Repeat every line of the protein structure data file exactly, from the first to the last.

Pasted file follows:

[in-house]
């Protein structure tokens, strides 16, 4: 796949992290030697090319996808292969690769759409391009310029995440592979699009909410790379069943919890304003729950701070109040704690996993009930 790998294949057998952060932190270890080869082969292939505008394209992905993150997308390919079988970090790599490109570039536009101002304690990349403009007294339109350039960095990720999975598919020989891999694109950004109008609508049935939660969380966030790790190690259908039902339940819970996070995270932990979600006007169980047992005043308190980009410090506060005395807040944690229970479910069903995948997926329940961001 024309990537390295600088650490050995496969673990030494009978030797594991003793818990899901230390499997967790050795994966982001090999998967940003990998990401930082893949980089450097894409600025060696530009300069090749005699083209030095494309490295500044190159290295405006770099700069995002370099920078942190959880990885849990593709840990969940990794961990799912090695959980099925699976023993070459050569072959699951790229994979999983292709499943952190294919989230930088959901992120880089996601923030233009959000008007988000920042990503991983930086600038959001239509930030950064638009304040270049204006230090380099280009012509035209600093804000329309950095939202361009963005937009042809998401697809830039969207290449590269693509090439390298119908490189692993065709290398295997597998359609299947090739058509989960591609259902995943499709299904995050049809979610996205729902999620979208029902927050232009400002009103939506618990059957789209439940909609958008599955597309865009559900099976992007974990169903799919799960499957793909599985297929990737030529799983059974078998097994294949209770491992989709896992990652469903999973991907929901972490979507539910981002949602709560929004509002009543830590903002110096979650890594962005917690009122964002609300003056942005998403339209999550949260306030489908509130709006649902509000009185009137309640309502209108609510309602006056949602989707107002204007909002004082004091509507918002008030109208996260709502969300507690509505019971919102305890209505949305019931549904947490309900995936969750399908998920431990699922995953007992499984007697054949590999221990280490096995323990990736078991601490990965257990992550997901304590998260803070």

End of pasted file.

[in-house]
């Protein structure tokens, strides 16, 4: 796949992290030697090319996808292969690769759409391009310029995440592979699009909410790379069943919890304003729950701070109040704690996993009930 790998294949057998952060932190270890080869082969292939505008394209992905993150997308390919079988970090790599490109570039536009101002304690990349403009007294339109350039960095990720999975598919020989891999694109950004109008609508049935939660969380966030790790190690259908039902339940819970996070995270932990979600006007169980047992005043308190980009410090506060005395807040944690229970479910069903995948997926329940961001 024309990537390295600088650490050995496969673990030494009978030797594991003793818990899901230390499997967790050795994966982001090999998967940003990998990401930082893949980089450097894409600025060696530009300069090749005699083209030095494309490295500044190159290295405006770099700069995002370099920078942190959880990885849990593709840990969940990794961990799912090695959980099925699976023993070459050569072959699951790229994979999983292709499943952190294919989230930088959901992120880089996601923030233009959000008007988000920042990503991983930086600038959001239509930030950064638009304040270049204006230090380099280009012509035209600093804000329309950095939202361009963005937009042809998401697809830039969207290449590269693509090439390298119908490189692993065709290398295997597998359609299947090739058509989960591609259902995943499709299904995050049809979610996205729902999620979208029902927050232009400002009103939506618990059957789209439940909609958008599955597309865009559900099976992007974990169903799919799960499957793909599985297929990737030529799983059974078998097994294949209770491992989709896992990652469903999973991907929901972490979507539910981002949602709560929004509002009543830590903002110096979650890594962005917690009122964002609300003056942005998403339209999550949260306030489908509130709006649902509000009185009137309640309502209108609510309602006056949602989707107002204007909002004082004091509507918002008030109208996260709502969300507690509505019971919102305890209505949305019931549904947490309900995936969750399908998920431990699922995953007992499984007697054949590999221990280490096995323990990736078991601490990965257990992550997901304590998260803070």